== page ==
Was there anything on this New Music Friday that you’ve really been listening to?
CL: I really like the second Julia Michaels song on the 50 shades of grey soundtrack. “Are You”. I also loved “Heaven”. Chelsea Cutler’s new song “You’re Not Missing Me” (which is on our #TGINMF playlist) was another I really liked. I also wrote a song recently for Carly Paige, “Drive Slow“. It’s really awesome and she’s a fantastic writer and artist, so I was super excited to see her on there. And then another girl from Nashville, Anna Mae, I really liked her song “Single-Minded” too.
You live in Nashville now but are an indie pop artist. What is that scene like in Nashville?
CL: It’s kind of an underground pop scene at the moment. A lot of people are either going back and forth from L.A., or some L.A. people are moving to Nashville because they’re realizing there’s more of a pop scene, and it’s much more sustainable to live here. Prescription Songs (@RXSongs on Twitter), a publishing company in LA, just set up an office here. It’s exciting a lot of Nashville natives, writers and producers – there is a lot of effort being put into making more pop music come from Nashville. It’s still growing. I don’t know if it’s ever going to be as competitive as LA, but I hope to be someone who helps it to be something that competes in the pop world.
What have you been listening to lately that’s got you excited?CL: Lately I’ve been listening to Anderson Paak. Music around his genre that is breaking some boundaries, is really soulful, it’s so cool. Music like that, and Solange. SZA’s new album is great too. That’s a genre that I feel like I’ve only scratched the surface on so I would love to have more at my fingertips.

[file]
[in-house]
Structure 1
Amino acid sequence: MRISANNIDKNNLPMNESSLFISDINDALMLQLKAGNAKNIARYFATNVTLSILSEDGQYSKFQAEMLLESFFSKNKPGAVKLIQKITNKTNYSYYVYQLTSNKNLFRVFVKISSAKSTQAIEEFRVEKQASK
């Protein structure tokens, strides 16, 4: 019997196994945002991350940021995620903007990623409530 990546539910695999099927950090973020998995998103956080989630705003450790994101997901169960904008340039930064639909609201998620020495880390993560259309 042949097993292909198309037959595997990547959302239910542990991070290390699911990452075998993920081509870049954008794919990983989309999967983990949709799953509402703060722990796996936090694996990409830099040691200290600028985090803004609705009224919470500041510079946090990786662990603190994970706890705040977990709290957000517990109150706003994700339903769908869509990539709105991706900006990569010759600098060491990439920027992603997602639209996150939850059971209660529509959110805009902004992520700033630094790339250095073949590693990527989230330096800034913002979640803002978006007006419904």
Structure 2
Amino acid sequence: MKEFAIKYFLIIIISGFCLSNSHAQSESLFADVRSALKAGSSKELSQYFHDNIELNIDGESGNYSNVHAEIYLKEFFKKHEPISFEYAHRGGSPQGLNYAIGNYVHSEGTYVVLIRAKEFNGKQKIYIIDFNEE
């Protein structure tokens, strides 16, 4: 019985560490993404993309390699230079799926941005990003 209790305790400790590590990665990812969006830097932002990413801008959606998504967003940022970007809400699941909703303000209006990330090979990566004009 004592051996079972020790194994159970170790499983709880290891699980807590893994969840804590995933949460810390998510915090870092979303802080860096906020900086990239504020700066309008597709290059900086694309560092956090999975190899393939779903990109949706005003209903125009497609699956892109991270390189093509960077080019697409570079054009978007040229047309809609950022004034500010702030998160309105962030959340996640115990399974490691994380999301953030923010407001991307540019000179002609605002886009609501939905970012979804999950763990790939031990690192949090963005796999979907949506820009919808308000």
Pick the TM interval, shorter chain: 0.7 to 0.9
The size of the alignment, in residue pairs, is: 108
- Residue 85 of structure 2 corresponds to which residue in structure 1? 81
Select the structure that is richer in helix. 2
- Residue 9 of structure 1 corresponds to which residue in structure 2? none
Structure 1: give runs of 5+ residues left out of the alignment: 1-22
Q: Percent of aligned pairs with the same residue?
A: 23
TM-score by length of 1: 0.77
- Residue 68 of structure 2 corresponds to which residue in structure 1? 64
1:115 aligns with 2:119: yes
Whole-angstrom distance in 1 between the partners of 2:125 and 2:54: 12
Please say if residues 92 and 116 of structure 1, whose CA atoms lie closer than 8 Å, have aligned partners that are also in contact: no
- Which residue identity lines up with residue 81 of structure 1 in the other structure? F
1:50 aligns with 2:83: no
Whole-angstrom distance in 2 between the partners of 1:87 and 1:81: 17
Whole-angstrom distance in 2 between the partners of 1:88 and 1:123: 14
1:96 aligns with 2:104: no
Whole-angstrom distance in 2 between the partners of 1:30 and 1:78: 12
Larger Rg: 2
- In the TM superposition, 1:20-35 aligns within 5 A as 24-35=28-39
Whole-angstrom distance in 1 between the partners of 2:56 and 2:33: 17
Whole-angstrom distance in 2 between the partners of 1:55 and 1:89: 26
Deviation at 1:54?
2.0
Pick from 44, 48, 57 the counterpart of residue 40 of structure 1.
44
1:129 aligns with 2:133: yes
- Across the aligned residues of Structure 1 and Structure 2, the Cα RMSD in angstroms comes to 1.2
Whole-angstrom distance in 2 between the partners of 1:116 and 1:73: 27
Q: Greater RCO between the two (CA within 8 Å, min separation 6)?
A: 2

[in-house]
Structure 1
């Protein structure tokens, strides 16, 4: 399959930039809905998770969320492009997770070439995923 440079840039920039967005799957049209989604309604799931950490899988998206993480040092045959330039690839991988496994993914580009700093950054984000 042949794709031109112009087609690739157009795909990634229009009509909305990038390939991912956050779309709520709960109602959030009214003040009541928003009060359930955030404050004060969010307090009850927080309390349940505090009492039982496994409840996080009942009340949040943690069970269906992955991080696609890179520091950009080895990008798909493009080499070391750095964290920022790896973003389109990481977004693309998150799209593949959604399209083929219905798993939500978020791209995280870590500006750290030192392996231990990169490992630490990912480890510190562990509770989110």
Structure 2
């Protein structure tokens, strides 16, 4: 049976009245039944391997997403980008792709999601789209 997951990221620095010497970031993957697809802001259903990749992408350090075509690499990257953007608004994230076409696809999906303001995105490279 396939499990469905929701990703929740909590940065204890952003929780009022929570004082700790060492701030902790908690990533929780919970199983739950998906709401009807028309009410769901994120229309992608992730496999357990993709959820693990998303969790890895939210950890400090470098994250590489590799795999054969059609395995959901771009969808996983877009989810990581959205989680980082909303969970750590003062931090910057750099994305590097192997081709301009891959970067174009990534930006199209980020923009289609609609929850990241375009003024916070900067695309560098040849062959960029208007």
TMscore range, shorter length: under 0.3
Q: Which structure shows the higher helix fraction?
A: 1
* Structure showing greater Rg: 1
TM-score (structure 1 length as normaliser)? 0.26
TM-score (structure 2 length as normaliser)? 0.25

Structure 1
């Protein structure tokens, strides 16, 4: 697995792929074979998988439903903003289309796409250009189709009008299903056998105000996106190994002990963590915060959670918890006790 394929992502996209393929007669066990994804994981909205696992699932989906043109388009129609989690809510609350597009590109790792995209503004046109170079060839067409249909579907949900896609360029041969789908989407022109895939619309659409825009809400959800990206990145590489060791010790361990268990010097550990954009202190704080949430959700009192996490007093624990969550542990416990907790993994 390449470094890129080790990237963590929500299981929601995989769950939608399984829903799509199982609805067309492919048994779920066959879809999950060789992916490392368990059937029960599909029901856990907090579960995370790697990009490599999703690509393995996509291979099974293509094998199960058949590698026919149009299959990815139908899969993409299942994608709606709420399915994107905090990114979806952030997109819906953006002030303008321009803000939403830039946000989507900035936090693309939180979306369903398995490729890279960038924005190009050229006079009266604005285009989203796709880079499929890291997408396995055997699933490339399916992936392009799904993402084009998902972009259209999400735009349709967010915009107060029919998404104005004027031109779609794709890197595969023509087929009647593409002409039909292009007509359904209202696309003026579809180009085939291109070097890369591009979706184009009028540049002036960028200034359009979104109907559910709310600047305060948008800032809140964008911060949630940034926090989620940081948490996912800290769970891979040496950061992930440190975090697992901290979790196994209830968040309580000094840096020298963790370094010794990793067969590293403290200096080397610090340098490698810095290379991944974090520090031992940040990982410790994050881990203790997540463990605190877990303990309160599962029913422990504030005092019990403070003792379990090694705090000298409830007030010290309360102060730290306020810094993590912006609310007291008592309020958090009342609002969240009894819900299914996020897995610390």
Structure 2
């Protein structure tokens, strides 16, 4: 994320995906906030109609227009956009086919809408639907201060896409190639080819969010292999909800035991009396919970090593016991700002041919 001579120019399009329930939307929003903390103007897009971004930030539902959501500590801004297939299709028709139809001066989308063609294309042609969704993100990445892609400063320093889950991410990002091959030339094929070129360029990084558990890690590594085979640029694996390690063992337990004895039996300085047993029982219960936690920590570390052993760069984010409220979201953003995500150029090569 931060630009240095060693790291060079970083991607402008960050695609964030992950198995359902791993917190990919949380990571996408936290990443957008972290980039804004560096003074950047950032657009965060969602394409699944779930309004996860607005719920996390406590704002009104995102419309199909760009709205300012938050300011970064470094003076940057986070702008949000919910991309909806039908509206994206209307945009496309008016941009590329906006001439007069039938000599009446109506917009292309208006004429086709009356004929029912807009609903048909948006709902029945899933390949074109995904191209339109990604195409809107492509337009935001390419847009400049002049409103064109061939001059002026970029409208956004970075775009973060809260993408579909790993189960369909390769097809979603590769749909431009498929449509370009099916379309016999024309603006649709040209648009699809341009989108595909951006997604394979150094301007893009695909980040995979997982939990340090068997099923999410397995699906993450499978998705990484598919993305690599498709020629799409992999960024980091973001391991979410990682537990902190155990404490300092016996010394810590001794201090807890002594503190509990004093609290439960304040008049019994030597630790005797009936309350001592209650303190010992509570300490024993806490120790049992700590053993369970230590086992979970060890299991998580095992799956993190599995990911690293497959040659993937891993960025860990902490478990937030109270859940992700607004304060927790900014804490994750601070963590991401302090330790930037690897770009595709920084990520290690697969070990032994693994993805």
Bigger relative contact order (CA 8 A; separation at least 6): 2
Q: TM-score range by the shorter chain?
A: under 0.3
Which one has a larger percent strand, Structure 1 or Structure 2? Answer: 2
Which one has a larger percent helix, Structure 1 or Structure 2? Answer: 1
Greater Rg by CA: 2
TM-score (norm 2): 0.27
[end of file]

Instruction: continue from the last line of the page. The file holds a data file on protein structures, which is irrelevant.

I’ve been really wanting to know more about the urban hip hop world, because I didn’t grow up listening to it that much. I would like to know all the really dope hip-hop artists that are a little underground right now, and are making things that are really intelligent and poetic. I find that music so interesting and want to know more about it.
What does the rest of 2018 look like for Chelsea Lankes? What’s in the works?
CL: I don’t know exactly what 2018 looks like yet. I think it’s just going to be singles for now. I’m in a place where as an artist, I’ve been writing a ton but it’s been more for other projects and artists, or TV/Film work. I will say, all of the songs I’m writing, I love, so if something really fits and doesn’t get used by the other artists, or it just sits there, I hate the idea of songs I love dying on the vine, living in this purgatory of someone’s inbox. I just want to release stuff like that if it’s never going to be released by someone else. So I definitely know I’ll be releasing more singles, but maybe there is an EP in six months or so. Getting people to commit to the time it takes to create something really good – that’s always the struggle.